The first target is Thomas Greiss of the New York Islanders. He has been pretty consistent in his last five seasons on Long Island, establishing himself as an excellent secondary option and backup. He made quite the impact in New York, leading the Isles to several playoff appearances, and a potential for a deep run at the time the season was paused.
However, with the Islanders signing prospect Ilya Sorokin this season, Greiss’ spot may be in limbo. If the Islanders decide not to retain him, the Senators can offer him a starting role.
At 34 years old, Greiss’ career is reaching his twilight years, and he has never had a ton of consistent playing time. His career high in starts was only 49 during the 2016-17 season. Ottawa can give him 55-60 starts a season should he so desire. His arrival to the Senators would make him the best goalie in the system by far.
The Senators can offer Greiss a starting job, but it will come at a cost. He will demand a large salary, but considering his age, likely only for two or three seasons. If the team can nab him at the right price and term, he can be a major stepping stone for the franchise. He can provide stable goaltending and be a mentor to Filip Gustavsson and Marcus Hogberg as they develop. Greiss should be the Senators’ top priority this summer and they need to devote their resources to him.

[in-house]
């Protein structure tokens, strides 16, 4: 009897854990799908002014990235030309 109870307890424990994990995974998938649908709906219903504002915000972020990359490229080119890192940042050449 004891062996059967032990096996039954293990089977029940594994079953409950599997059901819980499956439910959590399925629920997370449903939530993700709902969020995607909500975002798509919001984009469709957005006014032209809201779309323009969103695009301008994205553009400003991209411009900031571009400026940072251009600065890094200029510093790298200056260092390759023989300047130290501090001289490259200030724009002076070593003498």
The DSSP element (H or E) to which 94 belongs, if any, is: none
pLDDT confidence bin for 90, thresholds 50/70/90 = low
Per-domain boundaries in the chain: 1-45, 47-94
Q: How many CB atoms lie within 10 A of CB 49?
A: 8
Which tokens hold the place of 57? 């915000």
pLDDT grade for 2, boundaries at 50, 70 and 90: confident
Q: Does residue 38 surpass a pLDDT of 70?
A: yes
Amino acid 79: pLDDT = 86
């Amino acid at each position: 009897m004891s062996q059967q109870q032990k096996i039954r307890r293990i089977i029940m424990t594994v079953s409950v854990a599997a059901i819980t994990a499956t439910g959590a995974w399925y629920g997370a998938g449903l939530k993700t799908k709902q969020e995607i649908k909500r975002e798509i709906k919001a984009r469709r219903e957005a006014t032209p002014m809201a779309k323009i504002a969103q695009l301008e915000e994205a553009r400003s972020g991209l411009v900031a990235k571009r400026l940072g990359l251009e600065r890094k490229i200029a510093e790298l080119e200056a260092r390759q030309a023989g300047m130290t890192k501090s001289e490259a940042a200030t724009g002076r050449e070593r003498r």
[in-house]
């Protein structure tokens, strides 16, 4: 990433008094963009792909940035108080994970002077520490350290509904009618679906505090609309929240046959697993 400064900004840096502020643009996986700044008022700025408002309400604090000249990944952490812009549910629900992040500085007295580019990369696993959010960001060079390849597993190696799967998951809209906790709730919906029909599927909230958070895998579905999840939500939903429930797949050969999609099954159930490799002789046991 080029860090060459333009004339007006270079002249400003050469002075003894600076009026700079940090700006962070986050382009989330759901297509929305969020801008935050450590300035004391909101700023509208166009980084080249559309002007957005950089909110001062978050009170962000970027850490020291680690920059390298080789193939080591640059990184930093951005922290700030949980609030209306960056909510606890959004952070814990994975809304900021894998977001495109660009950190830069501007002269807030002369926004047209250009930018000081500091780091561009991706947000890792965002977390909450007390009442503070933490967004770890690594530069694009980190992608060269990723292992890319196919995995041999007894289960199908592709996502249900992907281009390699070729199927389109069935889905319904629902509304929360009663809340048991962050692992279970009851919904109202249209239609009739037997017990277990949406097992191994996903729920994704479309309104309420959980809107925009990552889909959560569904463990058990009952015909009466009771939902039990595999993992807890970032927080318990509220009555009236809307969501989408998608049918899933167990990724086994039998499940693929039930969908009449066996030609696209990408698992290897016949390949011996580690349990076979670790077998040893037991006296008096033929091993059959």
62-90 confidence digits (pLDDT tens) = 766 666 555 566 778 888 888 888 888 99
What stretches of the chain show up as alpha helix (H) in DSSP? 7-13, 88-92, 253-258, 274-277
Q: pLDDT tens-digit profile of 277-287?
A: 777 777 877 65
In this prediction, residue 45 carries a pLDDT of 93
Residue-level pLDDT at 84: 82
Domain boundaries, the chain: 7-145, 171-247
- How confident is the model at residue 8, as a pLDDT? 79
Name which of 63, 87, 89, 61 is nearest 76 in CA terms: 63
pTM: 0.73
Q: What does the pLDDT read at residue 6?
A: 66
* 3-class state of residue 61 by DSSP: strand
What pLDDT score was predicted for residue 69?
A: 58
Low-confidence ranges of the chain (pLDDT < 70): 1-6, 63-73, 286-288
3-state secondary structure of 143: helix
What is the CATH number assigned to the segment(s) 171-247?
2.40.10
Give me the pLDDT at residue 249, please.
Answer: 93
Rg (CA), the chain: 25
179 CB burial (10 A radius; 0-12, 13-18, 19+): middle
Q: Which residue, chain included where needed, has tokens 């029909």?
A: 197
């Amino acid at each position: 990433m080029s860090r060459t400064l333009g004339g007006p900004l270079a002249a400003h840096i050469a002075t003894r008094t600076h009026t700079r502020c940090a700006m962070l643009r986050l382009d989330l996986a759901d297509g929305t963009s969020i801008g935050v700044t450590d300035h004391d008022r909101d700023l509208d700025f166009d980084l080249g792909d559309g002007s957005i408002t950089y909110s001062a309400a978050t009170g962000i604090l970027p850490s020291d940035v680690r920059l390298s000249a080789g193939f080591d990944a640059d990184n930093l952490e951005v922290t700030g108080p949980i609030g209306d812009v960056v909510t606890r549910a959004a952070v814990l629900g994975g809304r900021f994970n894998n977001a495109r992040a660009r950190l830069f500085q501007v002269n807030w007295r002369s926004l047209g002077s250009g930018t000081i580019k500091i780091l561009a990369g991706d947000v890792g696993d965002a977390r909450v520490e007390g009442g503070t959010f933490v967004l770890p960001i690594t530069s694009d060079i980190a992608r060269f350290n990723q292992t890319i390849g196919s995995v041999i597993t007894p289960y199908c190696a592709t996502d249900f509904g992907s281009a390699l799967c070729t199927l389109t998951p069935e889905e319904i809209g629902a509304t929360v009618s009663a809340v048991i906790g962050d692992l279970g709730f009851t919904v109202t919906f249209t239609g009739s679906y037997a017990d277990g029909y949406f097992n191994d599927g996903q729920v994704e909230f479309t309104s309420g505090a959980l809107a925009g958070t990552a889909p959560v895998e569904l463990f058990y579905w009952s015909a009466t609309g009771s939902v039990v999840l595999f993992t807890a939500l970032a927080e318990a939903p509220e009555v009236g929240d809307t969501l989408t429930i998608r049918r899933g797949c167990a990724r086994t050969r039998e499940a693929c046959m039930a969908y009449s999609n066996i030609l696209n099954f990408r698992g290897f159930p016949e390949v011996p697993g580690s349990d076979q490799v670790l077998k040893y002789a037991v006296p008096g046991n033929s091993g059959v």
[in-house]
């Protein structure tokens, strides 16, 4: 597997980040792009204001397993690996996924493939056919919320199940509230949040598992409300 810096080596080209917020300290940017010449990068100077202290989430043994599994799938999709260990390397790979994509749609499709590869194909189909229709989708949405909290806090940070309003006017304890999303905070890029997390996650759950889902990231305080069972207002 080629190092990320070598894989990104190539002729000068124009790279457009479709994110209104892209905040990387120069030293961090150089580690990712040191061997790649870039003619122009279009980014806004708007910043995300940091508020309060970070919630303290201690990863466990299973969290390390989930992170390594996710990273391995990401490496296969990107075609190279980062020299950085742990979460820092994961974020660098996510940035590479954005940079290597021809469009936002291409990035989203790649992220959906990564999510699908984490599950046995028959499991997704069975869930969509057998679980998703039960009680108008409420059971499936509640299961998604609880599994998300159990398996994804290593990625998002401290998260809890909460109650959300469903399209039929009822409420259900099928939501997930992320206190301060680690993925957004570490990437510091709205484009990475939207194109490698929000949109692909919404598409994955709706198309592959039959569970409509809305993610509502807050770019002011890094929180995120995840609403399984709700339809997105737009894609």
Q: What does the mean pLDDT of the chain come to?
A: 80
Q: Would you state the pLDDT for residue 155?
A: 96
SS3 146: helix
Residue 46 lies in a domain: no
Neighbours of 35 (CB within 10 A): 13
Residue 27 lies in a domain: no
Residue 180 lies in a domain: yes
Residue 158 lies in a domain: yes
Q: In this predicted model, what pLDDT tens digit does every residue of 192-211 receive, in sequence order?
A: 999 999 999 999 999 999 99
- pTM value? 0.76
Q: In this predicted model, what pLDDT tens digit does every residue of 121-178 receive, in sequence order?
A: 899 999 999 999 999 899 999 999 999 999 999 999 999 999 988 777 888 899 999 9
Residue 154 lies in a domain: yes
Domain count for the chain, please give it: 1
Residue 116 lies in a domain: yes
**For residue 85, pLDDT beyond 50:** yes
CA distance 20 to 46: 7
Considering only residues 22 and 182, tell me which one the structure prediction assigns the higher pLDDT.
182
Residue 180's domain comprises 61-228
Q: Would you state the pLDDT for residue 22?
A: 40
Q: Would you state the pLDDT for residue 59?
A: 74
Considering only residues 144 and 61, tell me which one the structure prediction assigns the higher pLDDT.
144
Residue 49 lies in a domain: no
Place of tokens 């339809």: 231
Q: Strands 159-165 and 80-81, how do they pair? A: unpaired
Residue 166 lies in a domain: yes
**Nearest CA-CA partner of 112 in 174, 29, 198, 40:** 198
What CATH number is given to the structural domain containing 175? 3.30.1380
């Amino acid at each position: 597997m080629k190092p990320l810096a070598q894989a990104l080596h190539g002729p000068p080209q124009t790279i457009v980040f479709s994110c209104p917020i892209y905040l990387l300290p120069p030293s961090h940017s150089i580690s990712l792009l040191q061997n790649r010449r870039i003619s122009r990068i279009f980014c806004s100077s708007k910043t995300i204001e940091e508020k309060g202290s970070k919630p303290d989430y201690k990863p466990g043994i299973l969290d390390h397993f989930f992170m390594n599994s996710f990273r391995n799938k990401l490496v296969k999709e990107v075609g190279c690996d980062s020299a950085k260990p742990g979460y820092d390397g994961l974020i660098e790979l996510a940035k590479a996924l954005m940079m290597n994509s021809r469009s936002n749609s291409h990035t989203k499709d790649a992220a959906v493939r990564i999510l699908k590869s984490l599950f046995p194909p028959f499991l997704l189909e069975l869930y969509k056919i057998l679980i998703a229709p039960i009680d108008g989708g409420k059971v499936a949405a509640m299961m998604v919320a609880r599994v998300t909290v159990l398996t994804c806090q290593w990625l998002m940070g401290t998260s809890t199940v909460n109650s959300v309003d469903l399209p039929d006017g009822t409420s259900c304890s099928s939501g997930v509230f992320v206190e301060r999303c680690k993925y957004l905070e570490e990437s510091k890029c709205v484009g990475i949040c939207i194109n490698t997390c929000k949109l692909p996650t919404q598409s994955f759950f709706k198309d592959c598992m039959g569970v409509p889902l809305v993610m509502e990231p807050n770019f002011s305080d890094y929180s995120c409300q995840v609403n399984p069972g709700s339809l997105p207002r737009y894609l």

The Senators’ second choice for a veteran goalie this summer should be Vancouver Canucks’ netminder Jacob Markstrom. The 30-year-old saw reduced playing time this season as Thacher Demko began to establish himself as an NHL goalie. With the Canucks’ goalie depth being a strength and Michael DiPietro beginning to transition to the pros, Markstrom may have become the odd man out.